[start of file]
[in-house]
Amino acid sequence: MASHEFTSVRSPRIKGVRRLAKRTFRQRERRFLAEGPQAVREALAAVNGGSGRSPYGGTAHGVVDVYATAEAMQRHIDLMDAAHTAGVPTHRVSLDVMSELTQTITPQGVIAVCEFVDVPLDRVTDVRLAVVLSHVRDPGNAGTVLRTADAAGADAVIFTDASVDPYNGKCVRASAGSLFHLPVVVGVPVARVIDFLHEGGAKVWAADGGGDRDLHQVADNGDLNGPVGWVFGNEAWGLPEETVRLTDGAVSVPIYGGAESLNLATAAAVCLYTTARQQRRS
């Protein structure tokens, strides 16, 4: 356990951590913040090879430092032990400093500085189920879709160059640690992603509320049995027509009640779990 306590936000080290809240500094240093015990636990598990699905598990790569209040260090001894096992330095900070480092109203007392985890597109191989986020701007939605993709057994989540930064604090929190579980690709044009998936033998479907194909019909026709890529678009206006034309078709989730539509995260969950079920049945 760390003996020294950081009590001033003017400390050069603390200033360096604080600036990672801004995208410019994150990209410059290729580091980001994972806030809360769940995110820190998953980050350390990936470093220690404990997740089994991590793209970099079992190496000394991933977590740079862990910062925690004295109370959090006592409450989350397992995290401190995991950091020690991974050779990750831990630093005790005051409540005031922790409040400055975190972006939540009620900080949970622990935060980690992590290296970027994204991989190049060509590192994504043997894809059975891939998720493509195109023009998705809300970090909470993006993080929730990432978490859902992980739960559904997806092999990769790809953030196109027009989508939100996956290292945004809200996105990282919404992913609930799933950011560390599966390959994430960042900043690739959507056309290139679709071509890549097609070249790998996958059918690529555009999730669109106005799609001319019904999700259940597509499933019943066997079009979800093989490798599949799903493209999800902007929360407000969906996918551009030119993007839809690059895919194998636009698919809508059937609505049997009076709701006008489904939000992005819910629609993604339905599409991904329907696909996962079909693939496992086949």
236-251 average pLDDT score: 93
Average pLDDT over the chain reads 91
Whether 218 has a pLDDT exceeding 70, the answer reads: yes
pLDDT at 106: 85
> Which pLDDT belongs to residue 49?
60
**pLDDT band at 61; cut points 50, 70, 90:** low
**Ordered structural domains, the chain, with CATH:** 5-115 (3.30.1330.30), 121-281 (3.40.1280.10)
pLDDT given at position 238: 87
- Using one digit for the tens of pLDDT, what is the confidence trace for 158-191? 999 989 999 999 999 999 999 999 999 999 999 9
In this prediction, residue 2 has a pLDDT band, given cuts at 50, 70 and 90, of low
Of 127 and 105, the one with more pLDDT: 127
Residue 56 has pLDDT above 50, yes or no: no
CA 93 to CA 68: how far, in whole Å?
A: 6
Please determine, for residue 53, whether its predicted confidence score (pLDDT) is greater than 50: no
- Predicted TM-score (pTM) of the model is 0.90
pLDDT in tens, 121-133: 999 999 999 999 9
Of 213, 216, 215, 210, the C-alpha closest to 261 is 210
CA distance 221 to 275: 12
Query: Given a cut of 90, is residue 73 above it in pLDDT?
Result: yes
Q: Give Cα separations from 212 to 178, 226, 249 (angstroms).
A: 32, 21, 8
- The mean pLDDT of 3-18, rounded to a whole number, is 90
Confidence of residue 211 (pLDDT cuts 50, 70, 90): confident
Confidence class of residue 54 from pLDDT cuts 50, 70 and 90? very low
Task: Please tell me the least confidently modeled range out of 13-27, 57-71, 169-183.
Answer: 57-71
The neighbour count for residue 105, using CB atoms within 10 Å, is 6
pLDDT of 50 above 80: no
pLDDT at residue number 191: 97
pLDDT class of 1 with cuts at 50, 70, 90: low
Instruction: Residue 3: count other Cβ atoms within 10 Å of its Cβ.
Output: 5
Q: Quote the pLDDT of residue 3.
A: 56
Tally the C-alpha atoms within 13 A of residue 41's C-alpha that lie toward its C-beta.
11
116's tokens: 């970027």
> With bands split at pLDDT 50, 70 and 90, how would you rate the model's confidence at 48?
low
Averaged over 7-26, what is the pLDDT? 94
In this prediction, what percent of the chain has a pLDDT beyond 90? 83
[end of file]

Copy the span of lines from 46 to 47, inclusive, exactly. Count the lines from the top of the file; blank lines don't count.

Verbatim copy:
Averaged over 7-26, what is the pLDDT? 94
In this prediction, what percent of the chain has a pLDDT beyond 90? 83